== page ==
The problem with a bill like this is that it is only concerned with academically struggling children whose parents are poor. As Melissa Harris-Perry noted in April, "How about a $1,500 tax penalty for middle- and upper-income parents who shirk their responsibilities? Little Billy brings home a C and Daddy the Doctor has to pay more on his tax bill?" Campfield's legislation could subject poor parents on welfare -- many of whom are mothers -- to the added scrutiny and shame already heaped on the poor. Meanwhile, the state's welfare benefit is $186 per month, and has remained at this level since 1996.
2. Texas and Kansas: Drug Testing
This year, Kansas and Texas enacted suspicion-based drug testing for welfare recipients.
Texas' bill, SB11, requires adults applying for financial assistance benefits for themself or their child to submit to a controlled substance use screening assessment to establish the applicant's or the child's eligibility for the benefits"
Kansas's bill is similar. These bills persist despite evidence that such testing is ineffective and stigmatizes the poor. CLASP has found that such policy assumes that applicants for public benefits are poor because of their bad choices, such as substance abuse. CLASP also notes that such testing can cost states more money than they would save by denying people benefits.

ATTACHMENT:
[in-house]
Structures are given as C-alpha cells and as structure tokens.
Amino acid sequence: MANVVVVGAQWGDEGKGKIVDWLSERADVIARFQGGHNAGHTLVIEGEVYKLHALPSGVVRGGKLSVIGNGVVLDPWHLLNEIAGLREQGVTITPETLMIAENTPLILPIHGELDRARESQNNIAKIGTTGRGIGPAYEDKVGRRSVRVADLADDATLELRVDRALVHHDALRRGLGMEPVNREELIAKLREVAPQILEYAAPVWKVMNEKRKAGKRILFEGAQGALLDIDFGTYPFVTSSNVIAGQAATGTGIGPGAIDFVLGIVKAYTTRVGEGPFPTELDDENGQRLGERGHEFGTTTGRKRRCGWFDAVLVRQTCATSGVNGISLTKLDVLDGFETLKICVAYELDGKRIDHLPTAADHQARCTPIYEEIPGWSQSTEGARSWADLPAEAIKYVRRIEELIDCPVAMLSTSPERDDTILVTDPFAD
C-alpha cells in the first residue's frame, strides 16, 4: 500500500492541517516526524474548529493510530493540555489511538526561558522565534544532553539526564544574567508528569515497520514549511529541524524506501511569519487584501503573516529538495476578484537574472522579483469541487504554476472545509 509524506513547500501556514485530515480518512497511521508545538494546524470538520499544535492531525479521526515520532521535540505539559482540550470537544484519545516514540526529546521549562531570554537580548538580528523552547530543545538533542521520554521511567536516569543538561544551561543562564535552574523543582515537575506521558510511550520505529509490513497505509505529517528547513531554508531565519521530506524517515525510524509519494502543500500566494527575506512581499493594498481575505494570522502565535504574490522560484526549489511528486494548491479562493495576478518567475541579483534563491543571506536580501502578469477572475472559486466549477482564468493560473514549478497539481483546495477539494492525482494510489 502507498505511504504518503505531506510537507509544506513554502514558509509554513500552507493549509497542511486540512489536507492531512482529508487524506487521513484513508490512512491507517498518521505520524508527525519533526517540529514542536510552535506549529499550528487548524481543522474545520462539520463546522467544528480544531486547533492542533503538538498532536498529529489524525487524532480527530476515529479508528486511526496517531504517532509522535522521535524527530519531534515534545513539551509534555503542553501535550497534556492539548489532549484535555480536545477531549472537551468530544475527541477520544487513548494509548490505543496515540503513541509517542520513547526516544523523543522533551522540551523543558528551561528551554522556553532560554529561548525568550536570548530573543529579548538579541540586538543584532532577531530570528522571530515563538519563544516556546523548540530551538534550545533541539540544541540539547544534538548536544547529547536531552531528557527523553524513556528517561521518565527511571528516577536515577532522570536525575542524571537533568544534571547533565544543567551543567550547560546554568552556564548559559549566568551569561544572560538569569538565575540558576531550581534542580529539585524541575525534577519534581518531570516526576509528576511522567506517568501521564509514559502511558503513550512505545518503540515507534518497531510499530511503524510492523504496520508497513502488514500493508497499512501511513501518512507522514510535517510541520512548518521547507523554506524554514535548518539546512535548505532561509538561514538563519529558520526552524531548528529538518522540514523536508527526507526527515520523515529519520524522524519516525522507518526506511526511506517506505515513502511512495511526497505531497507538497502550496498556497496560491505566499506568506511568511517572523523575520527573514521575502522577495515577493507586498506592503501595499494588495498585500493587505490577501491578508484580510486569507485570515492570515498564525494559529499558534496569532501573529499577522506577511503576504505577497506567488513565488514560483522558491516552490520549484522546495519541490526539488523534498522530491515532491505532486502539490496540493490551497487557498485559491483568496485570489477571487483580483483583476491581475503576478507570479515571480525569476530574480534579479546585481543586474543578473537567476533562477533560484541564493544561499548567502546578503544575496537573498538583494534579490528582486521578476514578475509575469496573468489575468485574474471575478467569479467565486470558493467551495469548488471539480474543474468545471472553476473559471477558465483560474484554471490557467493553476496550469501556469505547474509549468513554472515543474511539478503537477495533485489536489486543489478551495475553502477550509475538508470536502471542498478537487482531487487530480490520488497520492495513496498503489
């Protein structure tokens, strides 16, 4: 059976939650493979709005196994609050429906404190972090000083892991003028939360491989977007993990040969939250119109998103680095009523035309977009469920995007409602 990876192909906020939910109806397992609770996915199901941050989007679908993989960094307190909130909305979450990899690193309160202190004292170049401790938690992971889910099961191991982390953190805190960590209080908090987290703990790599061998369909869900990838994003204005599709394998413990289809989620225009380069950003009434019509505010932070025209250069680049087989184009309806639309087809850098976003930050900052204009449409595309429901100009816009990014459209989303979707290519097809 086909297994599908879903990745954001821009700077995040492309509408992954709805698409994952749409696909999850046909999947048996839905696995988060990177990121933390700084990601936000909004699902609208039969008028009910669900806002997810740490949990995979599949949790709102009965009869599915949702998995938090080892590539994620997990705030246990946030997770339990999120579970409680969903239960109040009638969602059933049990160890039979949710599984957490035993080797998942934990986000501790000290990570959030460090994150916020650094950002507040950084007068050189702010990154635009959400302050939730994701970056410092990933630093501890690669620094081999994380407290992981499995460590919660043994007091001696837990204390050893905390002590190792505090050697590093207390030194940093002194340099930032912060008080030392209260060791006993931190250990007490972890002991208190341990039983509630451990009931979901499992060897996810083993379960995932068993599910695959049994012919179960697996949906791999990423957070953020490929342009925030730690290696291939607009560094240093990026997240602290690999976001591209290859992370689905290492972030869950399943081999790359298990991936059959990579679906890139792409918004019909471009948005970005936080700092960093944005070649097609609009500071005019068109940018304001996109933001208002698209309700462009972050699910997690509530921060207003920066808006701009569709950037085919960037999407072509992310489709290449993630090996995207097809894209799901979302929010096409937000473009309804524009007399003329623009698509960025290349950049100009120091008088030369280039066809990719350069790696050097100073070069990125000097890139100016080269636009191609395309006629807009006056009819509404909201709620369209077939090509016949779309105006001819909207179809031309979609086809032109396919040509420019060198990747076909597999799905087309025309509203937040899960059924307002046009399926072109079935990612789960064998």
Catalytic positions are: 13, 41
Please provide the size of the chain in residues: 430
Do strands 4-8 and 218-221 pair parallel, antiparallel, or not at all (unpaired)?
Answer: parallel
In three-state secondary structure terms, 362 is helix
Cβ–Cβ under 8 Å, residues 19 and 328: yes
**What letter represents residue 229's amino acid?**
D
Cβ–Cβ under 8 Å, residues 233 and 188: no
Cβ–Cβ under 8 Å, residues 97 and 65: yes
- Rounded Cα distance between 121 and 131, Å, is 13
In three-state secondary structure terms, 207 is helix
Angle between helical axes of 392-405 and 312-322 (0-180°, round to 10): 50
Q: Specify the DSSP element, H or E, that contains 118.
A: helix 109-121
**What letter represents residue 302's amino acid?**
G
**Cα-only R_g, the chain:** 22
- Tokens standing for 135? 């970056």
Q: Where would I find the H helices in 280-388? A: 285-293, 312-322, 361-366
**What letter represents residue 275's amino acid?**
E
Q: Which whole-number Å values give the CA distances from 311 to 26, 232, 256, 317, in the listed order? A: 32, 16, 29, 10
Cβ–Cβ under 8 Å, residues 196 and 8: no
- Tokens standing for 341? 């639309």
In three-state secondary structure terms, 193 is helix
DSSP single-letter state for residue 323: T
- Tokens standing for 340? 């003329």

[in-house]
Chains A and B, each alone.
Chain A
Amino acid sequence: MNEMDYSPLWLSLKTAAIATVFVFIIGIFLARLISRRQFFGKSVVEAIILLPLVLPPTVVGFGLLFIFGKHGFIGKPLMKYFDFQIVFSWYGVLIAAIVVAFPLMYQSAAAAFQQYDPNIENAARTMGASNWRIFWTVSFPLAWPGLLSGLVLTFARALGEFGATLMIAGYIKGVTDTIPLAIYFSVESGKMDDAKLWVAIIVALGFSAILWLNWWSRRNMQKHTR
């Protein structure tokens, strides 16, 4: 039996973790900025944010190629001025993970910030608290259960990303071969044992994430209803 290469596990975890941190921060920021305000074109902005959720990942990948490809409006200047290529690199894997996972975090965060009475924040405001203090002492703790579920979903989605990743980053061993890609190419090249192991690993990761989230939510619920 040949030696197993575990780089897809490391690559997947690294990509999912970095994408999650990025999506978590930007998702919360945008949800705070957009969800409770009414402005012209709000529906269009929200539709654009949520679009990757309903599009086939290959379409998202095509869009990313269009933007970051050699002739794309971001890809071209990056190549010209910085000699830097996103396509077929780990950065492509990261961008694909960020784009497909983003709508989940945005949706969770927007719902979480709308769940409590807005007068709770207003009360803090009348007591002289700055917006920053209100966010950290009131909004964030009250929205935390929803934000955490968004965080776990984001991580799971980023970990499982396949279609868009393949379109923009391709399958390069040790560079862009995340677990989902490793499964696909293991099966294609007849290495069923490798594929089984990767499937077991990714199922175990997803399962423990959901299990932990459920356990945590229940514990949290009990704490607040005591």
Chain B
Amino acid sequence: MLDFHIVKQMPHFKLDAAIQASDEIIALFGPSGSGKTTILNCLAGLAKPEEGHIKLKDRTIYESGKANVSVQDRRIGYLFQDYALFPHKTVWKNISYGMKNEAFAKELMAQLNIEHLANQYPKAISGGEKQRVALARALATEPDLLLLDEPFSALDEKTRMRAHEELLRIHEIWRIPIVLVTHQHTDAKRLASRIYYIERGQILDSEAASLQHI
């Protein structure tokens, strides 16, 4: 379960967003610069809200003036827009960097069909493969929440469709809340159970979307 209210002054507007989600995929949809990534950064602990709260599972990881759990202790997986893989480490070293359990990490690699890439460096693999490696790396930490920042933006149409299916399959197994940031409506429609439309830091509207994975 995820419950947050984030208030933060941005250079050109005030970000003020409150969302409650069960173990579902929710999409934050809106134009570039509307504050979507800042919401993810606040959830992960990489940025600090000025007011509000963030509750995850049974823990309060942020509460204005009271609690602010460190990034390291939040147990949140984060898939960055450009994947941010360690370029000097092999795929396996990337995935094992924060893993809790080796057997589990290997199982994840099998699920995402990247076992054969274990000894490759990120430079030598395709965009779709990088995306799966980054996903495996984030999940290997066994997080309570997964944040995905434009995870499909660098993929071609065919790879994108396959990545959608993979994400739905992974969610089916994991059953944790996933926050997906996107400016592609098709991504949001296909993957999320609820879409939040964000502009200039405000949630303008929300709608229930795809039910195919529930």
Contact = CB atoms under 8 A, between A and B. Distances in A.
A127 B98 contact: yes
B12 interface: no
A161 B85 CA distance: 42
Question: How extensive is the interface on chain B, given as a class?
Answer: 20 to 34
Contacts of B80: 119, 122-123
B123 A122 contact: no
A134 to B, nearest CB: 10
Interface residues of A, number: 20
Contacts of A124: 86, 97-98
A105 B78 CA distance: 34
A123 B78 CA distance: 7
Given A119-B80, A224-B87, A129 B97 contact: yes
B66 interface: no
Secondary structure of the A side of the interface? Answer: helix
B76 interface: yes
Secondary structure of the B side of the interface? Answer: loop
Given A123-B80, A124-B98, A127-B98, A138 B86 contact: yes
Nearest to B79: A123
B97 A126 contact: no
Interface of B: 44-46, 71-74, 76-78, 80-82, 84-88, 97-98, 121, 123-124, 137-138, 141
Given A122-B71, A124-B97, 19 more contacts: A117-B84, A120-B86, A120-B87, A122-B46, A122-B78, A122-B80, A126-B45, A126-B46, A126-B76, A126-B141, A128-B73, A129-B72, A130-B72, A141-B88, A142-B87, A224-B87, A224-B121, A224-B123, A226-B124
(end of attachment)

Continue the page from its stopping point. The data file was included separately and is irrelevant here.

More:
3. Ohio: Diverting TANF Dollars to Anti-Choice Groups
Nobody likely anticipated that the cash assistance program would ever support anti-abortion groups, but that is exactly what is happening in Ohio. The Buckeye state, which received $777 million in TANF funding for this fiscal year, is directing some of those funds to crisis pregnancy centers.
This provision was added to the house version of the state budget and was sustained in the final version. According to NARAL Pro Choice Ohio and Innovation Ohio, CPCs have a history of giving women misinformation. "Rather than spending TANF dollars to help families, Republicans are diverting money to their ideological agenda and misinformation," said Jenny Brodie, head of Innovation Ohio's Women's Watch program.
While it is unknown exactly how much of Ohio's $777 million TANF allocation will go to CPCs, Brodie says that Ohio authorizes the director of the state Department of Job and Family Services to devote TANF dollars to CPCs. "He could channel a lot into CPCs if he wanted," Brodie said.
4. North Carolina, Texas: Cuts and Restrictions on Long-term Unemployment Benefits
Assistance programs like TANF work best when the economy is also doing well, according to the Center on Budget and Policy Priorities. However, attacks on welfare are coming alongside attacks on long term unemployment benefits. Texas, mentioned above as requiring drug testing for welfare recipients, also enacted drug testing as a condition for unemployment insurance benefits.